Microsoft Data Protection Manager (DPM)

 

I have a couple disparate topics to address today. 

 

First, I was just reading Computerworld’s story about the announcement of Microsoft’s new continuous data protection product called Data Protection Manager (DPM).  The Windows 2003 disk-to-disk software saves up to eight snapshots per day thereby allowing faster recovery and more save points for recovery.  Read the story at http://www.computerworld.com/hardwaretopics/storage/story/0,10801,104963,00.html?source=NLT_AM&nid=104963.  The beta shipped back in April of this year (http://www.windowsitpro.com/Article/ArticleID/46051/46051.html). 

 

This seems like a really effective, low-cost high-availability solution.  Pricing starts at only $950 per server.  You can read all about it at http://www.microsoft.com/windowsserversystem/dpm/default.mspx.

 

Next, I wanted to mention my latest travails while on the road to the PASS 2005 Community Summit (http://www.sqlpass.org).

 

This is my first experience where a shower has tried to kill me.    If you’ve read my blog for any length of time, you know that I travel a lot between my job at Quest Software (http://www.quest.com/sql_server) and my volunteer work with PASS.  I’ve had some good trips and some really, really bad trips.  And this one, overall, is a good trip.  But it started off with a bang.

 

I arrived at the beautiful Gaylord Texan resort & conference center on Sunday night at about 8:00 pm.  I got the opportunity to meet most of the board of director members and staff for a great dinner and time for catching up.  After the meal and a drink, I decided to return to my room and freshen up before bed. 

 

The first lesson I learned was this – do not trust a shower with more than two knobs.  This shower had, in fact, four knobs and a control panel a bit above my regular line of site.

 

The second lesson I learned was this – do not enter a shower running with hot water until you know what every knob does.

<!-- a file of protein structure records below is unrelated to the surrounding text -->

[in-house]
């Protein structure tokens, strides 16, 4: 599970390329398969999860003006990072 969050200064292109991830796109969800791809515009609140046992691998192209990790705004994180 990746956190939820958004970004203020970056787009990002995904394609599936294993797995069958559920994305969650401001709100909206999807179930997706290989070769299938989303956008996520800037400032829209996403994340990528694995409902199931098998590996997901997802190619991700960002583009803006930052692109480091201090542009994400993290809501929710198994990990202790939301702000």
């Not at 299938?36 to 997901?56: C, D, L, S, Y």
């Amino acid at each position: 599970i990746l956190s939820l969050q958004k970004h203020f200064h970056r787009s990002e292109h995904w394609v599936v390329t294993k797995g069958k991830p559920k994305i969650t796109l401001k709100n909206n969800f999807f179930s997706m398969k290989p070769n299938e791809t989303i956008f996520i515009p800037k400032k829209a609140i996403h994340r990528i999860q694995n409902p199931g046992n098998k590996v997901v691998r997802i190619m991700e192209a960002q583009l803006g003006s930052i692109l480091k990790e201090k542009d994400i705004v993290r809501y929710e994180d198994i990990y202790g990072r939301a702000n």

Now the kicker is that I’m a softy when it comes to hot water.  I guess it comes from growing up in a house where I was the last kid to get into the shower in the morning after my dad and my brother.  Consequently, I grew up always taking luke warm showers.  As an adult, I’ve always like tepid showers.  So getting into this steaming hot shower was a painful shock.  So a grab the closets knob and give it a twist to turn down the temperature.  Bad move!

 

The knob I twisted immediately engaged the three other shower heads and one flexible shower wand, dowsing me in scorching water.  Ieeeee!  I ducked out of the way as best I could and turned the next knob.  This one had the temperatures marked in tiny letters, so I was feeling relieved and lucky. 

 

However, at this point I began to realize that the shower was steamy.  Really steamy.  In fact, I couldn’t hardly see my hand in front of my face.  And now that I thought about it, I couldn’t hardly breath the 110o soggy air.  Yes, Charlotte, this shower had a sauna built in and it was somehow programmed to go off.  Ok – I’d had enough.  I threw the door open and jumped out, slipping, arms and legs akimbo across the tiled bathroom floor.

 

After recovering my balance, I went back to the shower, spotted the control panel and got the sauna shut down.  At last, I’d tamed the dragon.  Grumble, grumble, grumble.  Finally, I was able to enjoy a shower and get ready for bed.

 

So don’t forget – don’t trust a multi-knobbed, control paneled shower!

 

Best regards,

 

-Kevin